WASHINGTON (July 25, 2016) — For years, employers, increasingly unable to afford the coverage, have stopped providing healthcare plans to their retired workers.
A Kaiser Family Foundation report issued recently noted that in 2015 just 23 percent of employers with at least 200 employees offered retiree healthcare coverage. That is down from 32 percent a decade earlier and a dramatic decline compared with the two-thirds of employers who provided the coverage in 1988.
Other surveys, looking just at employers' coverage for Medicare-eligible retirees, also have found sharp declines.
For example, in 2014, just 16 percent of employers still offered coverage to Medicare-eligible retirees, a drop from 24 percent in 2005, according to a survey by a unit of the National Center for Health Statistics.
“Employer-sponsored retiree health coverage once played a key role in supplementing Medicare. Any way you slice it, this coverage is eroding,” Kaiser said in its report.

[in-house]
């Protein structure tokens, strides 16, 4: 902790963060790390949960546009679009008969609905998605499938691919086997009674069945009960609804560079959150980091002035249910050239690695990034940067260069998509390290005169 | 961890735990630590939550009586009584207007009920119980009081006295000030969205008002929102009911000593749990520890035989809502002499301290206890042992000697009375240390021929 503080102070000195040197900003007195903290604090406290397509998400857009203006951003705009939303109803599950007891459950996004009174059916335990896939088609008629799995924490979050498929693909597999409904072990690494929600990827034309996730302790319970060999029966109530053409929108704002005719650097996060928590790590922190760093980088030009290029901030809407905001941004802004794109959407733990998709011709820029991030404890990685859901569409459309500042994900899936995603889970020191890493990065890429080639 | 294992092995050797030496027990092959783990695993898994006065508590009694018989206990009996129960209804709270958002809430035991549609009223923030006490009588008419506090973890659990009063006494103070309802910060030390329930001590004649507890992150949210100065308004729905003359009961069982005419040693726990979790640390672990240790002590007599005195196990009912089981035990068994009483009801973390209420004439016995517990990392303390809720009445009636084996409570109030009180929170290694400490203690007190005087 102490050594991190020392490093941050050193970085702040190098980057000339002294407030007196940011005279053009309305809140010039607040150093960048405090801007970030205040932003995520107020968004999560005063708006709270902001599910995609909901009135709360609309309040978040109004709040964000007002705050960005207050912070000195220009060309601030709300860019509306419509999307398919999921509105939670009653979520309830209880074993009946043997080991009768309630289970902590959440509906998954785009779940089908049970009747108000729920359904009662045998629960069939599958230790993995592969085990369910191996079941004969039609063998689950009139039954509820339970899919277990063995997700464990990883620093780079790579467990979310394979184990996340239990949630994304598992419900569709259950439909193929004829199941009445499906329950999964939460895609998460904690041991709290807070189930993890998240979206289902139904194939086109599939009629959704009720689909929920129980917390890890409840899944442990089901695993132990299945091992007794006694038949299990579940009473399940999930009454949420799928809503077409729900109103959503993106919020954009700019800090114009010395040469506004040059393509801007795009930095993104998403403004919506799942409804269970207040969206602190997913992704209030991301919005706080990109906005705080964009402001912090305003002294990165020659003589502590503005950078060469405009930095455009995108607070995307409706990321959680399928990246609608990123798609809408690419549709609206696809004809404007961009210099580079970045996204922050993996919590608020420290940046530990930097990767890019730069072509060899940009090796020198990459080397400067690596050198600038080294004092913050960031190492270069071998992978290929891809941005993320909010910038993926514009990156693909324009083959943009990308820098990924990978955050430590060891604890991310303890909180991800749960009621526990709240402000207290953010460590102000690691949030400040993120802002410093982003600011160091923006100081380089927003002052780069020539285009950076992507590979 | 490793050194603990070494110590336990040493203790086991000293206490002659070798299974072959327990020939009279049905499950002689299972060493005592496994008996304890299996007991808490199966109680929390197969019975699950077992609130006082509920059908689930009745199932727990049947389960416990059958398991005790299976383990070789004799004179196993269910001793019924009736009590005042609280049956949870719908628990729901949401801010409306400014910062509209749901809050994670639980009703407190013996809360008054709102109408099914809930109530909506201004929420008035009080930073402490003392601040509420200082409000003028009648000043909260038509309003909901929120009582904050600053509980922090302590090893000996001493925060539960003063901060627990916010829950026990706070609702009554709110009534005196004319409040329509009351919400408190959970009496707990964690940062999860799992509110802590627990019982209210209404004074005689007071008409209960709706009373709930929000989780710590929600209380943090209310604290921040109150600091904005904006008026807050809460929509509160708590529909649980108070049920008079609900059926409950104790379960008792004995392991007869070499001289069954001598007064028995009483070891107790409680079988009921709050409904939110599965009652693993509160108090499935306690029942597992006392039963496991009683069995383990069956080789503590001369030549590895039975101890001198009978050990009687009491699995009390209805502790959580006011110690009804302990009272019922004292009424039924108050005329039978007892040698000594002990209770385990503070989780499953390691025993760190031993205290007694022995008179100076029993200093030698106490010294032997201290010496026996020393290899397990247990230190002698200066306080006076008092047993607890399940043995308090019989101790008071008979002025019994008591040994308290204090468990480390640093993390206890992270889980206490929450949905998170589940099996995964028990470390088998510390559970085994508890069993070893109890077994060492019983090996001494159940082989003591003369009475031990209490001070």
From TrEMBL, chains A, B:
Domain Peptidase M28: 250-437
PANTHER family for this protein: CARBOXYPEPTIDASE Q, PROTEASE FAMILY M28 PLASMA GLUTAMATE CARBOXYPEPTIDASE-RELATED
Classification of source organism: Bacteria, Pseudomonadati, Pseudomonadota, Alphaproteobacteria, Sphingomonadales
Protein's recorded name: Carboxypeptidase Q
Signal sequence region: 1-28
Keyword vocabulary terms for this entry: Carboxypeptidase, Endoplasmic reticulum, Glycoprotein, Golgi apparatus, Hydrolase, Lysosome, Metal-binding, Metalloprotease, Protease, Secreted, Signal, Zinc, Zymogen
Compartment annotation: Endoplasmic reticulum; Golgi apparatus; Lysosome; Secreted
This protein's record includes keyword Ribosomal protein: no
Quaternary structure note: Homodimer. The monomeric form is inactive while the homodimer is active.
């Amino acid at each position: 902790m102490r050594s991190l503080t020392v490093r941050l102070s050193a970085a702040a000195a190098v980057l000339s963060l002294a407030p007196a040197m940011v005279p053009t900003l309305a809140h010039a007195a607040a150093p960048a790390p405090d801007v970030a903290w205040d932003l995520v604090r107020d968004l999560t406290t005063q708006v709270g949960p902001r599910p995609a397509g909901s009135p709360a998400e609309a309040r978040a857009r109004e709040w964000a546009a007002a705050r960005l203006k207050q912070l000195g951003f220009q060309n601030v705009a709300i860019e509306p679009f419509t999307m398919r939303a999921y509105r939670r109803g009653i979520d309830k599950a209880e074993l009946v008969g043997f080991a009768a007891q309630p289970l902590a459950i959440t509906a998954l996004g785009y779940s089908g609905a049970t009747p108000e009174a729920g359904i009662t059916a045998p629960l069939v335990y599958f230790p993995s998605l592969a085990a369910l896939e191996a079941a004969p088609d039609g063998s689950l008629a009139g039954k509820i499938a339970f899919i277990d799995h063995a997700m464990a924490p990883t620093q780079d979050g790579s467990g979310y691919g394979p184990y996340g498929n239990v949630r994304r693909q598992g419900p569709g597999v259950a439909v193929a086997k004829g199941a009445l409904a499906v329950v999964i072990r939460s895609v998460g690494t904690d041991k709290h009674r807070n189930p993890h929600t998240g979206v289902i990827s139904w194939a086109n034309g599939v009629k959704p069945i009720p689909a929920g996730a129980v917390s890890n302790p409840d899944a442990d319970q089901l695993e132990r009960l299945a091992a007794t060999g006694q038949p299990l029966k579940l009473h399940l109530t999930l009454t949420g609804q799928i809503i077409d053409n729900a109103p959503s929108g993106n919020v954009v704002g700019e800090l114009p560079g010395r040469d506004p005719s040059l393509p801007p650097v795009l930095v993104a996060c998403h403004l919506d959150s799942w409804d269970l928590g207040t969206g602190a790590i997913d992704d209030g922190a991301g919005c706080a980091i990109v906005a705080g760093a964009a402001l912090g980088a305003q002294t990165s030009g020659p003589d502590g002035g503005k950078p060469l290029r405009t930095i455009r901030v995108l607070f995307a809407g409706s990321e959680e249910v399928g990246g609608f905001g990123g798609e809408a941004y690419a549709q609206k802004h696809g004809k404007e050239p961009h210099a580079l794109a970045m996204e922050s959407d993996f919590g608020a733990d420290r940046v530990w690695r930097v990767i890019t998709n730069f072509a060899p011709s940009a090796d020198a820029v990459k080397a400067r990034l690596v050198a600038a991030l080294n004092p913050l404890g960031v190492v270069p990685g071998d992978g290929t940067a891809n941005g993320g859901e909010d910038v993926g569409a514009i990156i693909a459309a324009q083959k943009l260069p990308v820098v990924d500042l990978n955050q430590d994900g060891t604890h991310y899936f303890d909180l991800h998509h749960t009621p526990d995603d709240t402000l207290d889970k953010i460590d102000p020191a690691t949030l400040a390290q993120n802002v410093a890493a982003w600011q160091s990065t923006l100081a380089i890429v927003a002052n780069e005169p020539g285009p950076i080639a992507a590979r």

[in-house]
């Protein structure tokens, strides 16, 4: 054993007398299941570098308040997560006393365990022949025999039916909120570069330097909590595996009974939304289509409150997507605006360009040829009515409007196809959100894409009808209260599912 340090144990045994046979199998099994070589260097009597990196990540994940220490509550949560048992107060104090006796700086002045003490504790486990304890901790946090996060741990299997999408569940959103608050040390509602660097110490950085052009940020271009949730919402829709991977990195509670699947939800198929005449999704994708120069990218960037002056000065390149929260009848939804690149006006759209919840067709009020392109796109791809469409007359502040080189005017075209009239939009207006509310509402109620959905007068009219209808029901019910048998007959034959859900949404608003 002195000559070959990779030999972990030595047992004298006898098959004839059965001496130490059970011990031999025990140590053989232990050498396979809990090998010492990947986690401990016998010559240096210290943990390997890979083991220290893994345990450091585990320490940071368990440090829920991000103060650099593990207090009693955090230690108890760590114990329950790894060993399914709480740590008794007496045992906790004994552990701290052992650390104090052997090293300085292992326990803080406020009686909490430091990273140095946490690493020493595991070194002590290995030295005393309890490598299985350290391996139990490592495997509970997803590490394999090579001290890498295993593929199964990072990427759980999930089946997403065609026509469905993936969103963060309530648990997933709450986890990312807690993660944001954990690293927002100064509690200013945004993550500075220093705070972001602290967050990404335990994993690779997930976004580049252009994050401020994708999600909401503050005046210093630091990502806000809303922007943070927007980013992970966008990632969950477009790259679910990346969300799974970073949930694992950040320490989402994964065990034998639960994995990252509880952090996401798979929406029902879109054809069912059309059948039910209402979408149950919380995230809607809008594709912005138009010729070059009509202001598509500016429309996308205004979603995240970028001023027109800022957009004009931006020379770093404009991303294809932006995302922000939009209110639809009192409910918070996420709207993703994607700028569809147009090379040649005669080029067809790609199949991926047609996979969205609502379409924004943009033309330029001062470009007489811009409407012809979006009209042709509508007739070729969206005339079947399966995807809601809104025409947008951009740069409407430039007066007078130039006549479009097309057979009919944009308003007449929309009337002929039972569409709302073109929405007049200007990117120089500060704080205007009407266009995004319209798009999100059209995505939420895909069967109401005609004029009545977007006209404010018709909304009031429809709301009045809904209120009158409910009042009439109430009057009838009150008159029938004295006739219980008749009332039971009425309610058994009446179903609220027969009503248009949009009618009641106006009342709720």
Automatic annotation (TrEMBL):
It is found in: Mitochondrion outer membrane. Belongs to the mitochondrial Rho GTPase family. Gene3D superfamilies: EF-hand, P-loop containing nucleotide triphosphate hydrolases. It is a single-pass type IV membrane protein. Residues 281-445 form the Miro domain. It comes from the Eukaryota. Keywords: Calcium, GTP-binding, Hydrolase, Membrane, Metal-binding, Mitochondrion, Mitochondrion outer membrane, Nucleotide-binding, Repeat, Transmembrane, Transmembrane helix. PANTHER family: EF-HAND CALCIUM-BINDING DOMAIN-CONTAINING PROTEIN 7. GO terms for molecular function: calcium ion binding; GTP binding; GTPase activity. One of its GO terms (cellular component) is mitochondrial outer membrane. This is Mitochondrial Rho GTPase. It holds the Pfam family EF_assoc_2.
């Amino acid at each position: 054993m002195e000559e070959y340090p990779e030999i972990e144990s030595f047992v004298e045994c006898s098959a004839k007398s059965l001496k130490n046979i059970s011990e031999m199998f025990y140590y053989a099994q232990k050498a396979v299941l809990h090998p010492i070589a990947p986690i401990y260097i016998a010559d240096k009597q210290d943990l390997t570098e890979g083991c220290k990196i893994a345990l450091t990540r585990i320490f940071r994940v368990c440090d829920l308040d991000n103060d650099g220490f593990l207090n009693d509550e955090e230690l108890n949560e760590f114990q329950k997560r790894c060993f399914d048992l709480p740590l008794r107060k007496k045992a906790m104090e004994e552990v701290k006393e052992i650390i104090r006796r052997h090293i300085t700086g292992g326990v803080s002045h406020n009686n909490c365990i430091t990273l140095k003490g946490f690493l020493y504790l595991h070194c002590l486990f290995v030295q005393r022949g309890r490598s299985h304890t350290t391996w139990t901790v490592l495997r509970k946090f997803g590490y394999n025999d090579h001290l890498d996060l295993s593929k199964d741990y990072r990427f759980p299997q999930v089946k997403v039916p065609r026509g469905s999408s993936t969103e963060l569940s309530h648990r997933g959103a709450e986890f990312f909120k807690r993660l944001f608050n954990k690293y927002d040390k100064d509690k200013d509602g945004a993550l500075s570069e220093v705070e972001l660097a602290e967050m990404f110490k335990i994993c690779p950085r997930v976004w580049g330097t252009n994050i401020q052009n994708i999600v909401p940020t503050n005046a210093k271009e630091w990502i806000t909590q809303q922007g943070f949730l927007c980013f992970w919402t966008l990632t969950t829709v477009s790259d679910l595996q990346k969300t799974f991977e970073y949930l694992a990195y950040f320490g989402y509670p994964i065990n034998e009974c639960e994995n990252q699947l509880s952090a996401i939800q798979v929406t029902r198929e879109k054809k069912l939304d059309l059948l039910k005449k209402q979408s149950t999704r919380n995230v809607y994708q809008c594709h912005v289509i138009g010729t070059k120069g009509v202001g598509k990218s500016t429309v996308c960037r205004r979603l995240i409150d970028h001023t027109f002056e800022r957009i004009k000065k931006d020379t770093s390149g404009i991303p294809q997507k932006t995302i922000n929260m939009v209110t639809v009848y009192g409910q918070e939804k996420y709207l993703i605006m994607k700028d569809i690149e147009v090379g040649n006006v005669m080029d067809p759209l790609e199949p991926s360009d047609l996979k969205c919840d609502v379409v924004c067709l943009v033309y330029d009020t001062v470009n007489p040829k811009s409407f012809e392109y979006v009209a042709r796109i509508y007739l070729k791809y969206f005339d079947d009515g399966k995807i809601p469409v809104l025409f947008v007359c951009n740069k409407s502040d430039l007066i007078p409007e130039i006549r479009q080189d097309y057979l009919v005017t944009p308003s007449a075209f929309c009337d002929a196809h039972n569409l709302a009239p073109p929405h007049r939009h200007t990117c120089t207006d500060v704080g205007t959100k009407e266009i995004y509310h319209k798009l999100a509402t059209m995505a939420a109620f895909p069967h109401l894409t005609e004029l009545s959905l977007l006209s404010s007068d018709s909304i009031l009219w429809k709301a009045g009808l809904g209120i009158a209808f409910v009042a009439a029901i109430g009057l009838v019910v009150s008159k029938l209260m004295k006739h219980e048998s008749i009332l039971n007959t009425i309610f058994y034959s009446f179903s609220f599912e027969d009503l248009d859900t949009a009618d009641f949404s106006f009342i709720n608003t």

But those statistics, said John Barkett, director of health policy affairs at Willis Towers Watson P.L.C. in Washington, D.C., don't tell the full story.
While the employer move away from providing retiree healthcare coverage has been “well-documented,” another trend has not, according to Mr. Barkett.
That trend: the move of employers to make available to retirees coverage through private exchanges, with employers offsetting part of the cost of coverage through contributions to health reimbursement arrangements, which retirees can apply toward the premiums in the exchange plan they select.
Indeed, a forthcoming Willis Towers Watson survey of several hundred employers found that one-third of respondents already have taken this approach for coverage for Medicare-eligible retirees, and two-thirds are considering doing so by 2018, Willis Towers Watson said.
The appeal of such an approach is simple. “It allows employers to make coverage available with predictable costs and in an affordable way,” Mr. Barkett said.
Several major employers, including Kraft Heinz Co. and the Ohio Public Employees Retirement System, in the last year have adopted the approach.
This report appeared on the website of Business Insurance magazine, a Chicago-based sister publication of Tire Business.